On December 10th, at a Congressional hearing, Undersecretary for Arms Control and International Security, Rose Gottemoeller said that Russia was in violation of the Intermediate-Range Nuclear Forces (INF) Treaty and the Treaty on Conventional Armed Forces in Europe (CFE). The State Department undersecretary told the panel that current US countermeasures include both military actions (such as missile defense systems) and the so-called “three-pronged approach” involving diplomacy and even possible economic sanctions. In retaliation for the treaty’s violation, the Pentagon might consider re-deployment of nuclear cruise missiles in Europe as well. “We don’t have ground-launched cruise missiles in Europe now obviously because they’re prohibited by the treaty,” said Brian P. McKeon, Deputy Undersecretary of Defense for Policy, at the hearing, “but that would obviously be one option to explore.”
In light of the tensions over the Ukrainian crisis, Russia’s reckless behavior in the Baltic, its continuous support of the Assad regime in Syria, its disproportionately large defense budget, and now its new military doctrine, U.S. concerns should be taken quite seriously.
Russia and U.S. have accused each other of cheating on arms control agreements for years now. As early as 2008, Washington first raised its concerns surrounding Russia’s testing of its R500 cruise missile, which has a range long enough to violate the 1987 Intermediate Nuclear Force (INF) treaty. In May 2013, the Obama administration officially voiced its concerns with the Russians. In late July 2014, the administration finally provided its official finding that Russia was “in violation of its obligations under the INF Treaty not to possess, produce, or flight-test a ground-launched cruise missile (GLCM) with a range capability of 500 km to 5,500 km, or to possess or produce launchers of such missiles.”
Russian officials, however, responded with their own allegations; claiming that Aegis Missile Defense System sites being deployed by Americans in Romania and Poland breach prior treaty obligations. Although their purported purpose is to intercept Iranian missiles, Russia worries that they are actually designed to intercept Russian missiles. Meanwhile, according to Sergei Lavrov, the Russian Foreign Ministry never received a clear answer to Russian questions, nor was it provided with any evidence that such a deployment was permitted.
“As far as we know”, says Greg Thielmann, Senior Fellow at the Arms Control Association, in his email to the IMR, “Russia has not begun the deployment of the ground-launched cruise missile tested. And even if it did, it is difficult to understand why this would be a militarily significant enhancement of Russia’s capabilities, considering the hundreds of nuclear-tipped warheads it can already deliver at INF ranges from its strategic missile arsenal.” Hans Kristensen, director of the Nuclear Information Project at the Federation of American Scientists, adds that “punitive actions are mainly something being pushed by the hardliners in Congress.”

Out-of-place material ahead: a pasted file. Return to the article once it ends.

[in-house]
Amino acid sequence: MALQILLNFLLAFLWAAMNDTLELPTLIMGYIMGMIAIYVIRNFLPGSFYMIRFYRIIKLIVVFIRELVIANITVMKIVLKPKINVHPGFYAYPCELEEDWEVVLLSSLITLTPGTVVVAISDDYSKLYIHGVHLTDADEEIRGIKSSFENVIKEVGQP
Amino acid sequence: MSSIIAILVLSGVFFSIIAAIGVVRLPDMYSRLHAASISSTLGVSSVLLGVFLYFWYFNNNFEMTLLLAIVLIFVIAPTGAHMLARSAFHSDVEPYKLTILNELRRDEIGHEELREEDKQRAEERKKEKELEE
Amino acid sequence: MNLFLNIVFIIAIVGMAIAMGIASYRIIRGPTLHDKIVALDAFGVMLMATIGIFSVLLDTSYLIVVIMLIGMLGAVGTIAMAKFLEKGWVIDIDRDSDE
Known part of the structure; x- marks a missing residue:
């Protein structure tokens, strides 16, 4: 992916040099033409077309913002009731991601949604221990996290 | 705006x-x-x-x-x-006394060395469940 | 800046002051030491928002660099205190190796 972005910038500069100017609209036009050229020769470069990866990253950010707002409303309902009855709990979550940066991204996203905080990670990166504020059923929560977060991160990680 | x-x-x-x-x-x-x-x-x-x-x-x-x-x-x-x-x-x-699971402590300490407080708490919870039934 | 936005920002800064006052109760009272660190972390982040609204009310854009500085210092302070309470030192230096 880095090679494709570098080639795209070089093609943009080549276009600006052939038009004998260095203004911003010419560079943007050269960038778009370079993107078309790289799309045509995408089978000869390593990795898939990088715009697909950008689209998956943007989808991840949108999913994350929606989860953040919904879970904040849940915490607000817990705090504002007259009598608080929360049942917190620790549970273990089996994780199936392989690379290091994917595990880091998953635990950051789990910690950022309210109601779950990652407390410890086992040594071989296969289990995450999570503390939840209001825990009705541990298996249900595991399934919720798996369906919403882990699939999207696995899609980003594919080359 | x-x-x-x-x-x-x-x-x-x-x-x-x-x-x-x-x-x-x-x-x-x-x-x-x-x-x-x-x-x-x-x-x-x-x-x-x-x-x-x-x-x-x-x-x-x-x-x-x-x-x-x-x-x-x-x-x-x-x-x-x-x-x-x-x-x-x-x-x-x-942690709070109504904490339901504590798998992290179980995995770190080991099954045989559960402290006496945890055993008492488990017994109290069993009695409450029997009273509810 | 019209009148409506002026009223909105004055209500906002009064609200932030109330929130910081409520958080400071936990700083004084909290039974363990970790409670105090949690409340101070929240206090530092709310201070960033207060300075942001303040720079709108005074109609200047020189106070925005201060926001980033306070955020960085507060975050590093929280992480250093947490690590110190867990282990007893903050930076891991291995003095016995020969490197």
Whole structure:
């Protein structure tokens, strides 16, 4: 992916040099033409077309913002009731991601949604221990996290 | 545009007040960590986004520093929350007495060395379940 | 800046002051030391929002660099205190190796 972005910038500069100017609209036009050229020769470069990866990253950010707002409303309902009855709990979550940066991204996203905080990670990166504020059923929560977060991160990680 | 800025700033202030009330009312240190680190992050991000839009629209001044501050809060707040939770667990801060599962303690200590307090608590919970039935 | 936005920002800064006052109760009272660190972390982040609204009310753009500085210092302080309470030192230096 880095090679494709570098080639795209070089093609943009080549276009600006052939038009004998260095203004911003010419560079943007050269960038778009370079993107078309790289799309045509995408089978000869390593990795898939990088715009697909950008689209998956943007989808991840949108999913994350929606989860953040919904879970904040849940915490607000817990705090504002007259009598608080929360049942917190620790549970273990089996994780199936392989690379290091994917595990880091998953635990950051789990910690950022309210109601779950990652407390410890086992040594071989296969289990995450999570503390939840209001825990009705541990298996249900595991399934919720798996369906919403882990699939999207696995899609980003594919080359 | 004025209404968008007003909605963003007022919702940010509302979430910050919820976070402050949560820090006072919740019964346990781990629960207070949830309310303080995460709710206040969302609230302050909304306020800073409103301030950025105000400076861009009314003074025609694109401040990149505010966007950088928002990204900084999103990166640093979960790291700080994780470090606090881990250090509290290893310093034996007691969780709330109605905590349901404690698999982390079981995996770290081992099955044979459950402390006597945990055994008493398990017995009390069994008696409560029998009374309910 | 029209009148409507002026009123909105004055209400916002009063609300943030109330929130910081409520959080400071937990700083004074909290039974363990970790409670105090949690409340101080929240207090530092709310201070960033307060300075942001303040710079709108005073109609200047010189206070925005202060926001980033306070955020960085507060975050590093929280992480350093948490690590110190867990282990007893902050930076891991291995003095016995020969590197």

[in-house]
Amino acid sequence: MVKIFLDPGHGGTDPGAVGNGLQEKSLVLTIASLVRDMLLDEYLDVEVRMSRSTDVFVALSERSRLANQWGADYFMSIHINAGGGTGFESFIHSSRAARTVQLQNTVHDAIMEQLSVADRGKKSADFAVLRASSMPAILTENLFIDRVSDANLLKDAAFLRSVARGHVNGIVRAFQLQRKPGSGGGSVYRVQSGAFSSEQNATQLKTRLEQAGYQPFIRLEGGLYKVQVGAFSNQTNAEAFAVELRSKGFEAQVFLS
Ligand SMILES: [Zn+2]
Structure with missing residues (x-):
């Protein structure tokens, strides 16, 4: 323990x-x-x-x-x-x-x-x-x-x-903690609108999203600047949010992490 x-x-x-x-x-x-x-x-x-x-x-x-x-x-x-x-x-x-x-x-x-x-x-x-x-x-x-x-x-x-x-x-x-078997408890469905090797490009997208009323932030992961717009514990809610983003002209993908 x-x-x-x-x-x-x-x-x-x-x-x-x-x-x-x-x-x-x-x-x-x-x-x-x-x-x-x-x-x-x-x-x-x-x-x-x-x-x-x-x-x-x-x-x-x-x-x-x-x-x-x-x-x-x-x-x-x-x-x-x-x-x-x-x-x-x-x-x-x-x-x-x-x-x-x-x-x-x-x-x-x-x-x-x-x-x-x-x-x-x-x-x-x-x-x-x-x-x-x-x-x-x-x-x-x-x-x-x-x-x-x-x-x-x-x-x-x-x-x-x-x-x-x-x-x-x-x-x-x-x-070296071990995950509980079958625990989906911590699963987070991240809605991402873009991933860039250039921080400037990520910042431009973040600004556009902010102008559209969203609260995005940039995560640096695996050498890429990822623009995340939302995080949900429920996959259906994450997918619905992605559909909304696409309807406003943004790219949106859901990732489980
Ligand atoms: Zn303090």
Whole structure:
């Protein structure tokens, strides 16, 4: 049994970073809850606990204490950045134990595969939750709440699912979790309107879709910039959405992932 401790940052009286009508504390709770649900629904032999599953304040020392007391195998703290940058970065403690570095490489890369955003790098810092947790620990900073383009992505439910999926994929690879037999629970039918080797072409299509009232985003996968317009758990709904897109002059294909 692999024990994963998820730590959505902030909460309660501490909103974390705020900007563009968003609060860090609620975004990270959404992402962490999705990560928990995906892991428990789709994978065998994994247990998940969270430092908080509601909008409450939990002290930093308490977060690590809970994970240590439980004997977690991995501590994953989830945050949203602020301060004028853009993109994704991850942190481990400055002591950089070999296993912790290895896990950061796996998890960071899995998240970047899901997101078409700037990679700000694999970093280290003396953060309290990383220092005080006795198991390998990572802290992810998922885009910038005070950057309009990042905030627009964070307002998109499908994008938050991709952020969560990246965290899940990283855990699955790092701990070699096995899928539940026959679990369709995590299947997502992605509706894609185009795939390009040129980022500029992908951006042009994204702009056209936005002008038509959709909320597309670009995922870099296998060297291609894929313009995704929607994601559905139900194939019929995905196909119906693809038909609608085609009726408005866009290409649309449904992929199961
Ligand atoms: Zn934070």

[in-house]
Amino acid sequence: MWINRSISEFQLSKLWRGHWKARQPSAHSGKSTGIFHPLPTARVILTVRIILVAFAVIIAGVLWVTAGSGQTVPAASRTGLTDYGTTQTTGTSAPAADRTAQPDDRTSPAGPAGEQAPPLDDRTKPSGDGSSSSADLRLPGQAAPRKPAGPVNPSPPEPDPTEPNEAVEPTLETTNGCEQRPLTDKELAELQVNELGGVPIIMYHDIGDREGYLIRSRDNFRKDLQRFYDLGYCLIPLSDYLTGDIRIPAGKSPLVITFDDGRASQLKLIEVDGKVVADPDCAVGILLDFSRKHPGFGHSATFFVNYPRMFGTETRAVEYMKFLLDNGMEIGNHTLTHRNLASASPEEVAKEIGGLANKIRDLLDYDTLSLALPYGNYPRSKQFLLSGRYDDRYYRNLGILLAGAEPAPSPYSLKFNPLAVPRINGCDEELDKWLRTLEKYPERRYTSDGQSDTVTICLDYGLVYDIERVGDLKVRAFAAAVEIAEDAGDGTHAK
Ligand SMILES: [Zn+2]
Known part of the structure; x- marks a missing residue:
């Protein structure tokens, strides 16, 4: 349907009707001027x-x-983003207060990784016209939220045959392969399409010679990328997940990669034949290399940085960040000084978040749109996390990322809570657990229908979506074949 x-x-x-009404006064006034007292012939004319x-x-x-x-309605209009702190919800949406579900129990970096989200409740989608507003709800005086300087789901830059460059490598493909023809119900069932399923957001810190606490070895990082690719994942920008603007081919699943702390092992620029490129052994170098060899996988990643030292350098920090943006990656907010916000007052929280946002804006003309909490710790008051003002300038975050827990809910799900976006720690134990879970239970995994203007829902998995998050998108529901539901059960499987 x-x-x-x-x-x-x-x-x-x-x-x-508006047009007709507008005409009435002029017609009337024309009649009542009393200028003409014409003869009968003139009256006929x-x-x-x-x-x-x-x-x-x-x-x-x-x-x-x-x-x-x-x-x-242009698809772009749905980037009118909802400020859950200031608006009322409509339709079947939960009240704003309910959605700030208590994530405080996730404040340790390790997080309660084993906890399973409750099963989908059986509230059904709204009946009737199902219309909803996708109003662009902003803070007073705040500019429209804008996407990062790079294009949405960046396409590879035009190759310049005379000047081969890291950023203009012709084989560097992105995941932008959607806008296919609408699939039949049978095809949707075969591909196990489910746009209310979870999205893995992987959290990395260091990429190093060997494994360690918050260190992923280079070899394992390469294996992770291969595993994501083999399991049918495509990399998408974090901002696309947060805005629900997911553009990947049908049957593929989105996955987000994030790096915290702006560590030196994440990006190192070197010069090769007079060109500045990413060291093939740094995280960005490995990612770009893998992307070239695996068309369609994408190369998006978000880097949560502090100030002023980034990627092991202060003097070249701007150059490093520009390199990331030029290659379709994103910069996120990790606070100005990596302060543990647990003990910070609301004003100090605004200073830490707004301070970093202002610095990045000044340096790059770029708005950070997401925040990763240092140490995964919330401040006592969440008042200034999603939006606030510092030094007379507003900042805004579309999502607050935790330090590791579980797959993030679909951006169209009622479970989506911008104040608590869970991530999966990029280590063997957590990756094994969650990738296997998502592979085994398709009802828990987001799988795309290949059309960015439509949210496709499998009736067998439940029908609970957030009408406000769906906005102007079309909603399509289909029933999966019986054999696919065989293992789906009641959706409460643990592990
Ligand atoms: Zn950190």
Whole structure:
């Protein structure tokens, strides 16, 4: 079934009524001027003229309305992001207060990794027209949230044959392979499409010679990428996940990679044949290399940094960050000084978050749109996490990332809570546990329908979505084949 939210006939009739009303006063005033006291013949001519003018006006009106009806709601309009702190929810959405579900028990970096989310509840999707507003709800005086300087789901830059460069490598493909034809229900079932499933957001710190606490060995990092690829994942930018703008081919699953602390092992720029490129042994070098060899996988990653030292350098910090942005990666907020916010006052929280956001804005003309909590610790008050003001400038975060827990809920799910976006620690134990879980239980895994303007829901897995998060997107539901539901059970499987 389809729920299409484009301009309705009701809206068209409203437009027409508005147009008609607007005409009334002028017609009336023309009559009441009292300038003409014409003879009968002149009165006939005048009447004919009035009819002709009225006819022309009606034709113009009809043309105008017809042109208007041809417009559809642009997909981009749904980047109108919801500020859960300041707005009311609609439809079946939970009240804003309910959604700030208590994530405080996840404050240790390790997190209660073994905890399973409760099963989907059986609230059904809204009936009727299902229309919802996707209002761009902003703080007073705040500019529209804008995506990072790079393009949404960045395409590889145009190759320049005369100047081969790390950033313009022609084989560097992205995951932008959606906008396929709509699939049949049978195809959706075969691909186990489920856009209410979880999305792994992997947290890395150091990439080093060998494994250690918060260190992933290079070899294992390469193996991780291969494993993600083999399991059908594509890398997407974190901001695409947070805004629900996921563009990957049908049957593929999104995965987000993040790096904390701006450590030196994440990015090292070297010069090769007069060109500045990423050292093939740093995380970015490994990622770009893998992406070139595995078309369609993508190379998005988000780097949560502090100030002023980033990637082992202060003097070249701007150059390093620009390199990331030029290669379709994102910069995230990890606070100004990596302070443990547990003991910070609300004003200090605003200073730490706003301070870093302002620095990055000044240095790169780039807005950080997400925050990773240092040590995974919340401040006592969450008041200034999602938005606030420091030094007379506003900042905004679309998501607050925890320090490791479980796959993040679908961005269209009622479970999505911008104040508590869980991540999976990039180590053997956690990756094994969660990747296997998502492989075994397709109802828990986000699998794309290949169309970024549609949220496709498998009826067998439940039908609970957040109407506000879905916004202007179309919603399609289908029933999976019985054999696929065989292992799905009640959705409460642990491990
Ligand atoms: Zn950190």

It is also fair to assume that given the current situation of economic slowdown, currency crisis, Western pressure and diplomatic isolation, President Putin feels entrapped – a miserable situation that the headstrong leader has never felt before. Placed under such circumstances, he may believe that Russia is in no shape to compete with the Western democracies economically, however, in military terms, Russia is still a nation to feared and respected. «Putin is a ‘He-man’ under the squeeze”, comments Mr.Kristensen in his email to IMR, “and some of his defense plans will have to be scaled back, so he’s perhaps trying to be more dramatic than he actually is.” Given Putin’s unpredictability, this creates a dangerous situation. Therefore, it is in the United States’ interests to make sure that Russia stays in compliance with major treaties and does not cross any red lines.
By its strident warnings, the United States is seeking to bring Russia to the negotiations table, rather than fomenting a military snafu. “I believe the Obama administration would be very reluctant to deploy new weapons banned by the treaty and most potential host-nations even more so,” notes Mr. Thielmann. “Instead,” he continues, “the administration is likely to continue efforts to persuade Moscow to cease prohibited activities and avoid giving it an excuse to back out of the INF Treaty.”
Gottemoeller said President Obama has written a letter to Russian President Putin about the treaty violation. However, she did not specify how long the United States would wait before taking action in response to the alleged violation. One way or another, without resolution of the issue soon, “it could eventually lead to enhancements of U.S. military capabilities — but more for political rather than military reasons”, says Mr. Theilmann.